Published  14/06/2023

Hurvin Anderson: Salon Paintings

Hurvin Anderson: Salon Paintings

This show focuses on Anderson’s barbershop paintings, a subject he has been returning to for 15 years, blurring reality and imagination, as he explores a social space so important to the black British Caribbean community

Hurvin Anderson: Salon Paintings, The Hepworth Wakefield, 26 May – 5 November 2023. Courtesy of The Hepworth Wakefield. Photo: Anya Raczka.

The Hepworth Wakefield
26 May – 5 November 2023


Hurvin Anderson is a quiet but gently persistent voice in contemporary British painting. Born in 1965 in Handsworth, Birmingham, to Jamaican parents, the 58-year-old painter studied at Wimbledon School of Art and the Royal College of Art, London. He was nominated for the Turner Prize in 2017 and was elected as a Royal Academician this year. He now lives and works in Cambridgeshire. Anderson’s painting has long been inspired by the stories he grew up with of the Caribbean, an almost mythological place in his memory and imagination, yet marked by colonialism and present-day economic difficulties. His lush green landscapes explore the space between reality and imagination, the tension between the natural beauty of the Caribbean landscape and the realities of life there.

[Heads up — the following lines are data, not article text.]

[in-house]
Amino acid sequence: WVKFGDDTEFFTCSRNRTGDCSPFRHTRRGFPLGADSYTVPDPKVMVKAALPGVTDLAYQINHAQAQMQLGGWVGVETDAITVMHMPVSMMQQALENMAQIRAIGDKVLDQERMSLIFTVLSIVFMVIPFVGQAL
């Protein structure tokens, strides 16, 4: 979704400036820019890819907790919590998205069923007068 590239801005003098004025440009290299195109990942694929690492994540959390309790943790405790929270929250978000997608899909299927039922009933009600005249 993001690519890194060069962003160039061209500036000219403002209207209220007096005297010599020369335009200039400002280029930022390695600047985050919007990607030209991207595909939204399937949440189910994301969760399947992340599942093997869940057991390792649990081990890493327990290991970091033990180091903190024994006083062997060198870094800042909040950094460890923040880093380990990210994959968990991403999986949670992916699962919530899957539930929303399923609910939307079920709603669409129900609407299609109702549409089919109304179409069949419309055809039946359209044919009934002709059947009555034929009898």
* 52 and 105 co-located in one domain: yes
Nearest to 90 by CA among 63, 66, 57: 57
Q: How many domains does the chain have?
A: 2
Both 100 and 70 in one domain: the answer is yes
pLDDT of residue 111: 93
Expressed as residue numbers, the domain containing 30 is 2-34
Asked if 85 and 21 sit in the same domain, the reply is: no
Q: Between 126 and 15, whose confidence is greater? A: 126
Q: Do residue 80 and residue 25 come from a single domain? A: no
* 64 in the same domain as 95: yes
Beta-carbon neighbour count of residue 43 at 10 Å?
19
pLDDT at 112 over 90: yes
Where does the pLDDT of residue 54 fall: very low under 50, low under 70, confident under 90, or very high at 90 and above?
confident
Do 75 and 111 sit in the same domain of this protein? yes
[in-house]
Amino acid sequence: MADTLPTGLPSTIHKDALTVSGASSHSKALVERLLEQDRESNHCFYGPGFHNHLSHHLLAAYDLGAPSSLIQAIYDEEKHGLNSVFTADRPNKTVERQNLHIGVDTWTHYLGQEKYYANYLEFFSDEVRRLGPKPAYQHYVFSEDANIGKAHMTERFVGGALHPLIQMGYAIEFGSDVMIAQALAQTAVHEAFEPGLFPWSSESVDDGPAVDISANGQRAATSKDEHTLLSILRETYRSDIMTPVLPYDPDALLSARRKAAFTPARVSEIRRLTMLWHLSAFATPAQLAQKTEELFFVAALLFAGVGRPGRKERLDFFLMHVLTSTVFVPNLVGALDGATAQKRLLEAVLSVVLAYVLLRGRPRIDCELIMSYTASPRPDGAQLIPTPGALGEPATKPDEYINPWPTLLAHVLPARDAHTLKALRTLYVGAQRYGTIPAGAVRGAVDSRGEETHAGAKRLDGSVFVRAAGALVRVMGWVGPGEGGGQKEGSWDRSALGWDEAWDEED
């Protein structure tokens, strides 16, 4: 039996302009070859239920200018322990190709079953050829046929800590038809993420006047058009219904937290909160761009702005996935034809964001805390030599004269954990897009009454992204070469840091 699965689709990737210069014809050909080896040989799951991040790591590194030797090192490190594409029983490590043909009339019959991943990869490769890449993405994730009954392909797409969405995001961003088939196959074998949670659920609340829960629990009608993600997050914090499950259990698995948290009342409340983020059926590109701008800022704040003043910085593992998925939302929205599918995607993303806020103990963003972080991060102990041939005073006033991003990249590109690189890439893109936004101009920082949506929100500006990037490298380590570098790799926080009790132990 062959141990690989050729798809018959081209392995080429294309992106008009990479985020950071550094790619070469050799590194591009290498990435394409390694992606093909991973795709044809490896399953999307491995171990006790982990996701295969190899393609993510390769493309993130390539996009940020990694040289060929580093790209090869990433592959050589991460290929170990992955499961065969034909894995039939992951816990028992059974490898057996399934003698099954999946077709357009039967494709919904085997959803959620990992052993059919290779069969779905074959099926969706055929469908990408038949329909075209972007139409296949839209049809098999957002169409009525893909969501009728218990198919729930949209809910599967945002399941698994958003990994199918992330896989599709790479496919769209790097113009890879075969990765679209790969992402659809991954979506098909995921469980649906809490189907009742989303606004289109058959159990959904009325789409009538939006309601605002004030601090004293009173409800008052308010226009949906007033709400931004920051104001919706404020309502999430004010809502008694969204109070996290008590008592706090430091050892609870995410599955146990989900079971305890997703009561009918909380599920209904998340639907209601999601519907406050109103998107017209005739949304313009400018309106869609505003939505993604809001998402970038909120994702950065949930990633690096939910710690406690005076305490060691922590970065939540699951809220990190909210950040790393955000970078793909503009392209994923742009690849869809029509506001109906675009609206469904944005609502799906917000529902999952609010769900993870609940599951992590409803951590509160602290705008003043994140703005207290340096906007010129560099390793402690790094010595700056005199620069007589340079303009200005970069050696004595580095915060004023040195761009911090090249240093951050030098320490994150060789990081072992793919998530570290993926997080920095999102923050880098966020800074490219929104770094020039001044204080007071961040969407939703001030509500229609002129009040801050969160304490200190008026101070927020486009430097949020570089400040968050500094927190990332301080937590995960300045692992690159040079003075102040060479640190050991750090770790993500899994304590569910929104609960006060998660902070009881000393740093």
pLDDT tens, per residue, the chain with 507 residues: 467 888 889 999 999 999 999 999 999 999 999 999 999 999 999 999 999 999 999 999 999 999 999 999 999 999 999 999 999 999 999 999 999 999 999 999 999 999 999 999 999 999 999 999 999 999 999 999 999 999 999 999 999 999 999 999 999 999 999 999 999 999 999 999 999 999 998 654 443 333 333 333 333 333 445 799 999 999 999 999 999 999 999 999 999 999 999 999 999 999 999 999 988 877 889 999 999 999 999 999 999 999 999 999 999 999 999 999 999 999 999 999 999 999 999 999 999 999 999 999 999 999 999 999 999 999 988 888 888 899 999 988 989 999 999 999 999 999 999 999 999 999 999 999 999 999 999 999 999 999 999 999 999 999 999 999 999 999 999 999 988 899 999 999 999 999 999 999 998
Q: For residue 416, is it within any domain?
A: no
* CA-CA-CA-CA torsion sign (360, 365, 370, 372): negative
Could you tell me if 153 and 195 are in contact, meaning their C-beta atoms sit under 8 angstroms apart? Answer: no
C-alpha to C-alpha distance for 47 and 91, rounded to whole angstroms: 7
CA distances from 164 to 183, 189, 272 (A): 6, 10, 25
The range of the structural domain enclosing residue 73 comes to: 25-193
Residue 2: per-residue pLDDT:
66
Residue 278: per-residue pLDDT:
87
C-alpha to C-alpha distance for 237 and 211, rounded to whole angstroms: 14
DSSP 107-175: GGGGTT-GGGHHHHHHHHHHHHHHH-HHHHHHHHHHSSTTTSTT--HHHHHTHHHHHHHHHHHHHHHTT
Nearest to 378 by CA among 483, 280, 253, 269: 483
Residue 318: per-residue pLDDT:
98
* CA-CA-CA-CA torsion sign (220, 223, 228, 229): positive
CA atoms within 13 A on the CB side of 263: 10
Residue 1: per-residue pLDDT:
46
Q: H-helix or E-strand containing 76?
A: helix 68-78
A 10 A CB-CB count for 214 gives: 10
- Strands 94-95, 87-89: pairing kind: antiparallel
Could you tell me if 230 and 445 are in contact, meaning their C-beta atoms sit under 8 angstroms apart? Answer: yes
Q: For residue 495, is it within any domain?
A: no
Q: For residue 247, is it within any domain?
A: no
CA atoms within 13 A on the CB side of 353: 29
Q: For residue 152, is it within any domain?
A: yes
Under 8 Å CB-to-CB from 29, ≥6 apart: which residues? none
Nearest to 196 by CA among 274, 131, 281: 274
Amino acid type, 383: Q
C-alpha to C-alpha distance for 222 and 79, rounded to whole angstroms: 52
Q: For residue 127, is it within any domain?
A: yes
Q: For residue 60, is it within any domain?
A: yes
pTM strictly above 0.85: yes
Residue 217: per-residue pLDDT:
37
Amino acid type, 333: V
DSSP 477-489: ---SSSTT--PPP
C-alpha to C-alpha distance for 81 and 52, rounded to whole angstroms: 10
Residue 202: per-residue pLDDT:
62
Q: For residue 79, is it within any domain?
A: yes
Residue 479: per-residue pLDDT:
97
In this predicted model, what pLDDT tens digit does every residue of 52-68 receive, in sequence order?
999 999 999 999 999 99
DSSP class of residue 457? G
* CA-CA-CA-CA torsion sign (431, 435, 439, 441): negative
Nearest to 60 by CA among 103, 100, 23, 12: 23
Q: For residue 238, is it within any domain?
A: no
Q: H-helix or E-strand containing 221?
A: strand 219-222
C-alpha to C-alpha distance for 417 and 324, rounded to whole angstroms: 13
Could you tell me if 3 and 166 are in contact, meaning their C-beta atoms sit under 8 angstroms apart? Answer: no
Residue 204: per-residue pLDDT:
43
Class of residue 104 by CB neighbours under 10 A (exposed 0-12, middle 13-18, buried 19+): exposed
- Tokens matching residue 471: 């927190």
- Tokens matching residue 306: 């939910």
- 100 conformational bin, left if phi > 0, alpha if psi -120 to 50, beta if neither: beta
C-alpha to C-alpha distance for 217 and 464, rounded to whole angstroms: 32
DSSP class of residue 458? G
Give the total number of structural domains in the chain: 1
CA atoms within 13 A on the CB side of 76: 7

It was a visit to his father in Birmingham, while Anderson was living in London, that triggered his first barbershop painting. The Barbershop series began in 2006 and it is a subject that he has returned to repeatedly for more than 15 years. As an important social space for the British Caribbean community, his focus is not surprising. Still, the subject itself is just the beginning, and Anderson uses that to investigate some of the key concerns of painting today.

Hurvin Anderson, B.H.B, 2016. © Hurvin Anderson. Courtesy the artist and Michael Werner Gallery, New York. Photo: Richard Ivey.

There is the ever-present tension between figuration and abstraction, and the difficulties of somehow capturing recollections and experiences in a painting. For Anderson, his intricate process of making means that he approaches his subject from a remove. These barbershop interiors are not painted directly. Instead, photographs are used in a collage-like fashion to look through the space, take the room apart and reconstruct it. He recreates objects and scenes in the studio and this intriguing social space becomes both particular and generic. As Anderson explained it, he tried to make a generic barbershop, to create a space of his own that embodied all the shops that he had seen. The preparatory drawings displayed in this exhibition are wonderful to see and helpful in understanding Anderson’s process. Layers of drawings enable the artist to distance himself a little, to reassemble aspects of the scene while experimenting with pace and rhythm to create the sense of space and place he is aiming for.

Hurvin Anderson, Afrosheen, 2009. © Hurvin Anderson. Courtesy the artist and Thomas Dane Gallery.